Included in the box are Holiday’s two 1933 recordings, her 152 selections with the all-star groups of 1935-42, 58 alternate takes, the two radio broadcasts with Basie and one with Benny Goodman, and her appearance at the Esquire All-American concert of 1944. With the best swing soloists (including Lester Young, trumpeter Buck Clayton, Benny Goodman, and many others), Lady Day performs such gems as “What A Little Moonlight Can Do,” “I Cried For You,” “Billie’s Blues,” “I Can’t Give You Anything But Love” (during which her phrasing shows the Louis Armstrong influence), “This Year’s Kisses,” “I’ll Get By,” “Mean To Me,” “Foolin’ Myself,” “When You’re Smiling,” “If Dreams Come True,” “Them There Eyes,” “Swing Brother Swing,” “All Of Me,” and the original version of “God Bless The Child.” A special bonus is the 118-page book that comes with the box.

#2 – Control Booth Series, Vols. 1-2 (Jazz Unlimited, 1940-42)

A bit of a frivolity but something completists will want, these two single discs have all of the music recorded by Lady Day during her six sessions of Sept. 12, 1940-Feb. 10, 1942. Vol. 1 includes three additional takes that are not on the Columbia box while Vol. 2 has ten “new” alternates. While Holiday’s singing generally did not change much from version to version, some of the solos (particularly by Lester Young on the Mar. 21, 1941 date) are different each time.

#3 – Billie Holiday (Commodore, 1939-44)

In 1939 when Holiday was presented with the Abel Meeropol anti-lynching poem “Strange Fruit,” she immediately wanted to record it. When her record company balked, fearing a backlash from Southern customers, she was able to strike up a deal with Milt Gabler’s Commodore label to record “Strange Fruit” along with three less controversial numbers (including her classic “Fine And Mellow”). In 1944 when Lady Day was between labels, she recorded a dozen other numbers for Commodore. By that time she was considered a major star. She is very much in the spotlight and the group assembled by pianist Eddie Heywood is mostly in a purely supportive role behind her.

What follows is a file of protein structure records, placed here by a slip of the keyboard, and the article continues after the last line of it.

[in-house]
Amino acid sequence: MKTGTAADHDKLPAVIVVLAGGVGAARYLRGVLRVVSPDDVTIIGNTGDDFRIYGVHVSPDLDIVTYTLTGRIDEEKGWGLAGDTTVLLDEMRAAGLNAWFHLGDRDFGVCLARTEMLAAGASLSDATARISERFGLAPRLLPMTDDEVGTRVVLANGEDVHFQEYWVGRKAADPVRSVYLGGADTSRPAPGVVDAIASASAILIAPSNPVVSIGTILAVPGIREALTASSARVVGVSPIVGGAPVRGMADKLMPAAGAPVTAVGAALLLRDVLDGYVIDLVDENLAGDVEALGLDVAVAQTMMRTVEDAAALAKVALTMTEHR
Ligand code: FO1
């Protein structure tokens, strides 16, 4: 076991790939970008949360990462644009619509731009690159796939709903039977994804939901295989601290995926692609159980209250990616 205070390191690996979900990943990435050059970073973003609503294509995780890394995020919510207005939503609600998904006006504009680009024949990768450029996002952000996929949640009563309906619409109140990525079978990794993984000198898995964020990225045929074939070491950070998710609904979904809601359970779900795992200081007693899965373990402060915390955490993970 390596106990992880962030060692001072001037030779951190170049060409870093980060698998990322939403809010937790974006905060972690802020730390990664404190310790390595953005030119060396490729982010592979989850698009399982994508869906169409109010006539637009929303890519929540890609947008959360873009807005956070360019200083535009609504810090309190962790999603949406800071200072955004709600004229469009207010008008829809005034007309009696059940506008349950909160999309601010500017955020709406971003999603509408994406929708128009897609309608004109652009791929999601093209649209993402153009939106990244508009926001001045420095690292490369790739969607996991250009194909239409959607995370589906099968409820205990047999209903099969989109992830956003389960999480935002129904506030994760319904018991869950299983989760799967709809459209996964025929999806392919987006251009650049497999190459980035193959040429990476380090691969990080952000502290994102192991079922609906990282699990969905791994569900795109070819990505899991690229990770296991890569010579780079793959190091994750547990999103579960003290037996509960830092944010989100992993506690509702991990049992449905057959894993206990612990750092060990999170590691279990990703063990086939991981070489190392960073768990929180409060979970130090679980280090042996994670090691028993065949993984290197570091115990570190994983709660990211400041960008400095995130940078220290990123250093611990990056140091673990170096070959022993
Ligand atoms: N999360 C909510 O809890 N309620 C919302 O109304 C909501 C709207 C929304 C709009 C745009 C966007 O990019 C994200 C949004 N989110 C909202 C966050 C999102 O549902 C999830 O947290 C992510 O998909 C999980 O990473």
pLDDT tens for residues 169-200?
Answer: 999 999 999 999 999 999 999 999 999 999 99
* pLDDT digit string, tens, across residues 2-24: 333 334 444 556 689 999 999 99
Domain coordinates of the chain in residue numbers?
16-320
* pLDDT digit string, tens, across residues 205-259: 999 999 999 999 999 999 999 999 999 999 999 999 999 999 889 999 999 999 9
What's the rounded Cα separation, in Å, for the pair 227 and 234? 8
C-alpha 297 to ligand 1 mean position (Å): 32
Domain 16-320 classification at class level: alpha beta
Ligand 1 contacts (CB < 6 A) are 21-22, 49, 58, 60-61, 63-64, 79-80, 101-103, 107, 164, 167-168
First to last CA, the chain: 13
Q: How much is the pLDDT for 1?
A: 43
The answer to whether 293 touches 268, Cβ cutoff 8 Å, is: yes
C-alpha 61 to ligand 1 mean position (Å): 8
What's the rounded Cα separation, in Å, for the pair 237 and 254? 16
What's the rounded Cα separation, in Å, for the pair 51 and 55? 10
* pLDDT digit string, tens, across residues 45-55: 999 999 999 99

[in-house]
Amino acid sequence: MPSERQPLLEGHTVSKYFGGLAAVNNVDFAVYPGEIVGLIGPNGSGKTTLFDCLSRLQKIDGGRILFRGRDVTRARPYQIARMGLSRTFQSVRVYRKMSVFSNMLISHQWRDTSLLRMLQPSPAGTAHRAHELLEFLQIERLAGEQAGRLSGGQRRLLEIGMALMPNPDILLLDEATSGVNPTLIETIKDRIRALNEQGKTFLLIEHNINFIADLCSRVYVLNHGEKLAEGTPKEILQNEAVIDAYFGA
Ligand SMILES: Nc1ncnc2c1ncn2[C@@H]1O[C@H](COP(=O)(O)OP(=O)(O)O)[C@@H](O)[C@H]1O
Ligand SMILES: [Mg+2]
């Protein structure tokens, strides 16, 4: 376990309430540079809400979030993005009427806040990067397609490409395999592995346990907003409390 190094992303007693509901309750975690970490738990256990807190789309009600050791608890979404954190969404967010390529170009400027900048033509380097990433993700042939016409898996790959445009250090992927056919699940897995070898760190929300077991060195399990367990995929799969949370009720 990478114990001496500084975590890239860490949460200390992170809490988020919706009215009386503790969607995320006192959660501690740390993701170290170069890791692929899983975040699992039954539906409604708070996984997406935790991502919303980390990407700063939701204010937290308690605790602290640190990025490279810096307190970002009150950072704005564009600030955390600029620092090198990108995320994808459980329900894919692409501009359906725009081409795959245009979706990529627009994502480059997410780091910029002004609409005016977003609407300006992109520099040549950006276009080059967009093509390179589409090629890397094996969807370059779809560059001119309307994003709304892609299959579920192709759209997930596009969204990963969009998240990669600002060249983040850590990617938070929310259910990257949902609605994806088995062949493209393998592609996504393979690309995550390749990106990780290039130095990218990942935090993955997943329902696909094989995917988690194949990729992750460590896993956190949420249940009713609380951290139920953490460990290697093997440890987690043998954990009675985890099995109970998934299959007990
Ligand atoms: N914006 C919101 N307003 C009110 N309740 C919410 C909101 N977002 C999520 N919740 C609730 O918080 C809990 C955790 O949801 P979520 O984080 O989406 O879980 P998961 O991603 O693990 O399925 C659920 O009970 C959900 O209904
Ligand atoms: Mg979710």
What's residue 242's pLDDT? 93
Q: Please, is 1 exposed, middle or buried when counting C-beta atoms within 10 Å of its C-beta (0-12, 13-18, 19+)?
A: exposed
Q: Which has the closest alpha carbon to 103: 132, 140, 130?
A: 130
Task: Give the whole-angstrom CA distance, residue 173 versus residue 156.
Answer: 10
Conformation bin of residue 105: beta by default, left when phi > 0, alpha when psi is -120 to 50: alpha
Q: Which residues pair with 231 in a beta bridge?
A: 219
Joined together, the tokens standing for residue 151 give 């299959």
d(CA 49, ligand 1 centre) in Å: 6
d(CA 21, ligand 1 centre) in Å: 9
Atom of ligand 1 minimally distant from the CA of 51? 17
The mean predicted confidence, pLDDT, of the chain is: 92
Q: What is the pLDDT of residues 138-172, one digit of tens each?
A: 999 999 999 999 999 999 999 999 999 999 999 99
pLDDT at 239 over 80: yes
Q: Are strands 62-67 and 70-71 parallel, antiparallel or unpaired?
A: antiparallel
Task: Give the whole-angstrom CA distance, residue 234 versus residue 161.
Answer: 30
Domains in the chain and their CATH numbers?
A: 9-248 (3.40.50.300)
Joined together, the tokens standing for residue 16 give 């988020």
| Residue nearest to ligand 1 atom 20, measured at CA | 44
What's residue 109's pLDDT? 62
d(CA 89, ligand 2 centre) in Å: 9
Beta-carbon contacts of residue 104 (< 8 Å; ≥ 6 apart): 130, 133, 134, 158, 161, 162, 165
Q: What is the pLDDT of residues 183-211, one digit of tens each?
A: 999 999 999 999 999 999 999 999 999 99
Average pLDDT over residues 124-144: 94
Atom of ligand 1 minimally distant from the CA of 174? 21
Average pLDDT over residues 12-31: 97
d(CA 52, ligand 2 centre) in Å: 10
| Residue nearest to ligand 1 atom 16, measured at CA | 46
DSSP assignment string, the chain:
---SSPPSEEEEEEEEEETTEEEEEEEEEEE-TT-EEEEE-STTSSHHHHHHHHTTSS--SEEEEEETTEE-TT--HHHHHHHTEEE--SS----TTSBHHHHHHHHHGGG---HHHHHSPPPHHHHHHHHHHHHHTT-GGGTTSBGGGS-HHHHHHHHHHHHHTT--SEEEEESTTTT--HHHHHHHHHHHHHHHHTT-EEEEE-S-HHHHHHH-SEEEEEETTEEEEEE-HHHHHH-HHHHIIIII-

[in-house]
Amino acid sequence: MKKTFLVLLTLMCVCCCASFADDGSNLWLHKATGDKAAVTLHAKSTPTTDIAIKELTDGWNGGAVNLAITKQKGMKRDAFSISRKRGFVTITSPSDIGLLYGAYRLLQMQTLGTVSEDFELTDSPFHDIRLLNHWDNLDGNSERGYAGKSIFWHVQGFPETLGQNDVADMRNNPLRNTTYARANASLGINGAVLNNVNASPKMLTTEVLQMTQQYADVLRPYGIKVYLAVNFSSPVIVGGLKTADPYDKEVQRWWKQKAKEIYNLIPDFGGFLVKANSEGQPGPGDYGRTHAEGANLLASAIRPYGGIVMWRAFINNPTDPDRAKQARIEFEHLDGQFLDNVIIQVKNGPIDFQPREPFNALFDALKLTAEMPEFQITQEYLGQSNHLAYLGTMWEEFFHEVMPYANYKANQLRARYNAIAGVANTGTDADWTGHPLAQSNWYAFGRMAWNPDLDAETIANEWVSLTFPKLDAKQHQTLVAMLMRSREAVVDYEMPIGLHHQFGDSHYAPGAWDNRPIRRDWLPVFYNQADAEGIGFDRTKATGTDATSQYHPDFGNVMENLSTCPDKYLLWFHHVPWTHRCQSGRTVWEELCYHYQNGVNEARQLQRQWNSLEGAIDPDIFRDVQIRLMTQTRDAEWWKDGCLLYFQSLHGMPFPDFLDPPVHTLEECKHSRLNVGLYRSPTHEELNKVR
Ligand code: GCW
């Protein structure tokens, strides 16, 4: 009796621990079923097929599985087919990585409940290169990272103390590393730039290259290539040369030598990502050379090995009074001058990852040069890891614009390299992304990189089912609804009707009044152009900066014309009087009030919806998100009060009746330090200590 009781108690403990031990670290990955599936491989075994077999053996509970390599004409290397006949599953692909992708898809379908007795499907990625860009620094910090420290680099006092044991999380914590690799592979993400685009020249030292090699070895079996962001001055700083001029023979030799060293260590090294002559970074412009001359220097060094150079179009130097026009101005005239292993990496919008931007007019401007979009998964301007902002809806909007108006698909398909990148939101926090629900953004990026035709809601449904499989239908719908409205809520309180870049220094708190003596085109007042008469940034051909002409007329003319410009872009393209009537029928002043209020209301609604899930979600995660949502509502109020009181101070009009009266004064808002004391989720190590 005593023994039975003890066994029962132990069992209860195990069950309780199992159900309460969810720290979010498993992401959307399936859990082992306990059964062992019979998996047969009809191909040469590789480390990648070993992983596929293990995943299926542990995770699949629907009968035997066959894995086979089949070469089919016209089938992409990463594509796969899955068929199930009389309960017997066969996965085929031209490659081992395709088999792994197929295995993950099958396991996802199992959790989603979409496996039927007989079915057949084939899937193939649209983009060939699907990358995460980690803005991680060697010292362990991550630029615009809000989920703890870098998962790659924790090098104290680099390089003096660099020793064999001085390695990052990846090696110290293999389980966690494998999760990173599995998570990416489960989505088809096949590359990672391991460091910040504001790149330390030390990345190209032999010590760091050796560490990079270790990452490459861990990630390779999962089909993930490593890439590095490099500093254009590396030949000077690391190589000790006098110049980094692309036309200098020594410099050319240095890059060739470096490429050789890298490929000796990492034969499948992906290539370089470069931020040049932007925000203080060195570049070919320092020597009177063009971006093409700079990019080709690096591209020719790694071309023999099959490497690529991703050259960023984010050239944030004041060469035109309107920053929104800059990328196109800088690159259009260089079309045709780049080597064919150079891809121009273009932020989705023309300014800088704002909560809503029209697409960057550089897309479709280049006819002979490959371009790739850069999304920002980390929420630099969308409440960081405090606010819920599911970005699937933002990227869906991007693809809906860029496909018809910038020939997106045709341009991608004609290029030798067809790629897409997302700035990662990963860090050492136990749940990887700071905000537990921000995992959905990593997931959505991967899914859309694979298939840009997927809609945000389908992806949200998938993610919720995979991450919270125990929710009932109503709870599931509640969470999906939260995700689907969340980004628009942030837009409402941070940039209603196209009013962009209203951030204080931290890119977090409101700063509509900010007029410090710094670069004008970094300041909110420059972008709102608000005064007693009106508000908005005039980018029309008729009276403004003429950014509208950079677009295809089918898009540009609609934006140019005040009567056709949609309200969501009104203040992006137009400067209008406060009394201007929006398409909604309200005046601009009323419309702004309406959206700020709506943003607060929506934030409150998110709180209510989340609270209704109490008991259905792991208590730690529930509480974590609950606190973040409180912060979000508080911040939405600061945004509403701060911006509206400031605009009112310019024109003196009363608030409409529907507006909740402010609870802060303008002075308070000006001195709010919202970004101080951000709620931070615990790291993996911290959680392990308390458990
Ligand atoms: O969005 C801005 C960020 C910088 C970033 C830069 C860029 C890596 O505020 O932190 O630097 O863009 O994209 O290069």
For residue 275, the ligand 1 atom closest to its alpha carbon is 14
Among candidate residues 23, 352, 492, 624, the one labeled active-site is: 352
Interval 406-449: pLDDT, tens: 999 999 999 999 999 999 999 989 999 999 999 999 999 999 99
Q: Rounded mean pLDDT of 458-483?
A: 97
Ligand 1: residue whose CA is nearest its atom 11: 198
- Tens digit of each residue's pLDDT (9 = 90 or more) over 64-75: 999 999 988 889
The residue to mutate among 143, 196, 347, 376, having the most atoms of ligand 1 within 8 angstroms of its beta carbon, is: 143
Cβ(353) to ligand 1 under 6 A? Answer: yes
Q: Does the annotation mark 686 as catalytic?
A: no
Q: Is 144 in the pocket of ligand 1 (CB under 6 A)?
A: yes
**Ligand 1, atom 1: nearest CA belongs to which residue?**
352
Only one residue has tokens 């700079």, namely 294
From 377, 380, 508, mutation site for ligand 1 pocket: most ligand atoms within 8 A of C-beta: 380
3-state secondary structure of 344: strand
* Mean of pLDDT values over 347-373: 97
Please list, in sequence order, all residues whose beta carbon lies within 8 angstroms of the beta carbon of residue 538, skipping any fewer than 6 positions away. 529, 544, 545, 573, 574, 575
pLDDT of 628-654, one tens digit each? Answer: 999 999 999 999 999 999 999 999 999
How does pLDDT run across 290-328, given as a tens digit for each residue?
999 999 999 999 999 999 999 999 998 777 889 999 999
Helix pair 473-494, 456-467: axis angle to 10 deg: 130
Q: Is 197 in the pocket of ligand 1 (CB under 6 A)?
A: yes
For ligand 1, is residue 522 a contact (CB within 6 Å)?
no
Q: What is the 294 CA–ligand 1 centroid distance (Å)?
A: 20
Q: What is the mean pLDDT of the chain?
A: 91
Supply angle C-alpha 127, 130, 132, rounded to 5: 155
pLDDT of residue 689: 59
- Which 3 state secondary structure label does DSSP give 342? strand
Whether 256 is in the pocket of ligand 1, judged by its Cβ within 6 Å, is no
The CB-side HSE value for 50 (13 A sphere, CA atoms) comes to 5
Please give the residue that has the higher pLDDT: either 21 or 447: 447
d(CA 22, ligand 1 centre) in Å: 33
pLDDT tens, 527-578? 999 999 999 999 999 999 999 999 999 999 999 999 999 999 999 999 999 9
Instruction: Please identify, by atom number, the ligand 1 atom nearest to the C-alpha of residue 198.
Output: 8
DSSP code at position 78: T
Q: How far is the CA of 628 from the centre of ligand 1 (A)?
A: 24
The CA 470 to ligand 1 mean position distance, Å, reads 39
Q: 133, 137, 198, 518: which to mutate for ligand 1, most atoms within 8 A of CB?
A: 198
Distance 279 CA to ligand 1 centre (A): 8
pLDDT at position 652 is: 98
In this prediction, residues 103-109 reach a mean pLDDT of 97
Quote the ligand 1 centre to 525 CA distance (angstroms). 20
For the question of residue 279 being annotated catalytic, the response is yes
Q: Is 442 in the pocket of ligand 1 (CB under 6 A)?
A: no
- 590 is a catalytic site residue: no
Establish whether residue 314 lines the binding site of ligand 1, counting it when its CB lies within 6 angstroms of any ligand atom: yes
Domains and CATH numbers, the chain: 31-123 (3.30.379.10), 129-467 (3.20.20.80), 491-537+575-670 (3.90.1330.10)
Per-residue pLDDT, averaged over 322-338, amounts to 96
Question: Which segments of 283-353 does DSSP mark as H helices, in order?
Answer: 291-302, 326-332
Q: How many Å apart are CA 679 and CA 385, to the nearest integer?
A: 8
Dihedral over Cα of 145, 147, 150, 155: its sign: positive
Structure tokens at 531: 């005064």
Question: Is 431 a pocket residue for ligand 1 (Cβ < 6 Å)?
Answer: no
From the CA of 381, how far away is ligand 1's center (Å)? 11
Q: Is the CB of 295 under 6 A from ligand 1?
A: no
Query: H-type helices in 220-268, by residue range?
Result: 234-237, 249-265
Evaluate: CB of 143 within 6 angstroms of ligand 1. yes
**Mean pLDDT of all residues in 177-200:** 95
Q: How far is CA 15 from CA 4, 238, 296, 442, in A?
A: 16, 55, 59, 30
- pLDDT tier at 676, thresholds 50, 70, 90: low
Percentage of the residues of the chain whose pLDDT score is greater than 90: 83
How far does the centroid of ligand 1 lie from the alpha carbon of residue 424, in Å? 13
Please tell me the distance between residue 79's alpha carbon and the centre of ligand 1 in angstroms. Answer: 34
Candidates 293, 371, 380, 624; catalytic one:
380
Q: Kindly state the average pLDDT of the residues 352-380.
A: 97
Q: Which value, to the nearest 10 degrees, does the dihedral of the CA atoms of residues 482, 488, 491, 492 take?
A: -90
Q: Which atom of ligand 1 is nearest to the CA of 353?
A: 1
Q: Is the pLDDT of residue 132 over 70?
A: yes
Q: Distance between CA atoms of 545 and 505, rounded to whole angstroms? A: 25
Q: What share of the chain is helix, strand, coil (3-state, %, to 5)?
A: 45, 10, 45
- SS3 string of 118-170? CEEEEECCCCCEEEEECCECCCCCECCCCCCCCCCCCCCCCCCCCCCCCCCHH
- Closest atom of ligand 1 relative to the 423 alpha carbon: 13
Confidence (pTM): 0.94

The single-disc Billie Holiday has all 16 selections that she made for Commodore including the original (and still sadly topical) “Strange Fruit,” “Embraceable You,” “Billie’s Blues,” “He’s Funny That Way,” “On The Sunny Side Of The Street,” and a touching version of “I’ll Be Seeing You.” For those who really want everything, there is a two CD set (accurately titled The Complete Commodore Recordings) that augments the 16 songs with no less than 29 alternate takes. But since there is relatively little solo space, much of that program is repetitive.

#4 – The Complete Decca Recordings (GRP/Decca, 1944-50)

Billie Holiday’s second period, which encompasses much of the 1940s, definitely had its ups and downs. Her voice was at its peak during the era, she had a prestigious association with the Decca label which sought to market her as a major star, and she appeared in her only Hollywood movie, New Orleans, playing opposite her early idol Louis Armstrong. On the minus side, Holiday had self-destructive relationships with men and became a heroin addict in the early 1940s, a plague that soon dominated much of her personal life. She was arrested and served a one-year jail sentence during 1947 that resulted in a lot of notoriety and her losing her cabaret card which made it difficult for her to work in New York clubs.

The two-CD Decca set features Lady Day in a wide variety of settings including with strings (“Lover Man”), combos, an orchestra, and even a vocal group. Despite the difficulty of her personal life, she is heard in top form throughout, with the highlights including “Don’t Explain,” “Good Morning Heartache,” “Easy Living,” “Solitude,” “My Man,” “’Tain’t Nobody’s Business If I Do,” “Crazy He Calls Me,” and a remake of “God Bless The Child.”

#5 – Billie’s Blues (Blue Note, 1942-1954)